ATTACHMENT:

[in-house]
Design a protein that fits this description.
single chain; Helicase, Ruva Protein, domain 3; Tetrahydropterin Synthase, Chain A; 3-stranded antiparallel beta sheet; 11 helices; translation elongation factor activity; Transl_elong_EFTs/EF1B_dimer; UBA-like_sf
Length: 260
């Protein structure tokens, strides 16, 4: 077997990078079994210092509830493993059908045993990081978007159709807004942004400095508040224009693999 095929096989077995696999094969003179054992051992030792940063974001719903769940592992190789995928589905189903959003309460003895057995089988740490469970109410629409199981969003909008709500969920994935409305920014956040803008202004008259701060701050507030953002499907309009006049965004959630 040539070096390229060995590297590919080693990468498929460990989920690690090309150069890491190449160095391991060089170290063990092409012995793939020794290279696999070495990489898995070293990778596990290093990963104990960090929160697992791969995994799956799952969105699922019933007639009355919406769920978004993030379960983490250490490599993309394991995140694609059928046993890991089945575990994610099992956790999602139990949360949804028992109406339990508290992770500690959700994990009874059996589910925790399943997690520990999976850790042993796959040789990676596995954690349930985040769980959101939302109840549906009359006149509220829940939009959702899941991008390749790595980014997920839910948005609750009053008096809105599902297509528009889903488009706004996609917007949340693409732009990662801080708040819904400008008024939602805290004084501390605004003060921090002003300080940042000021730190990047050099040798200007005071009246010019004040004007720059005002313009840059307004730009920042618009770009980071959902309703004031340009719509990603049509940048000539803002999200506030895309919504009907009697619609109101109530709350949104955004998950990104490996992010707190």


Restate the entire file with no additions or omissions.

[in-house]
Design a protein that fits this description.
single chain; Helicase, Ruva Protein, domain 3; Tetrahydropterin Synthase, Chain A; 3-stranded antiparallel beta sheet; 11 helices; translation elongation factor activity; Transl_elong_EFTs/EF1B_dimer; UBA-like_sf
Length: 260
């Protein structure tokens, strides 16, 4: 077997990078079994210092509830493993059908045993990081978007159709807004942004400095508040224009693999 095929096989077995696999094969003179054992051992030792940063974001719903769940592992190789995928589905189903959003309460003895057995089988740490469970109410629409199981969003909008709500969920994935409305920014956040803008202004008259701060701050507030953002499907309009006049965004959630 040539070096390229060995590297590919080693990468498929460990989920690690090309150069890491190449160095391991060089170290063990092409012995793939020794290279696999070495990489898995070293990778596990290093990963104990960090929160697992791969995994799956799952969105699922019933007639009355919406769920978004993030379960983490250490490599993309394991995140694609059928046993890991089945575990994610099992956790999602139990949360949804028992109406339990508290992770500690959700994990009874059996589910925790399943997690520990999976850790042993796959040789990676596995954690349930985040769980959101939302109840549906009359006149509220829940939009959702899941991008390749790595980014997920839910948005609750009053008096809105599902297509528009889903488009706004996609917007949340693409732009990662801080708040819904400008008024939602805290004084501390605004003060921090002003300080940042000021730190990047050099040798200007005071009246010019004040004007720059005002313009840059307004730009920042618009770009980071959902309703004031340009719509990603049509940048000539803002999200506030895309919504009907009697619609109101109530709350949104955004998950990104490996992010707190």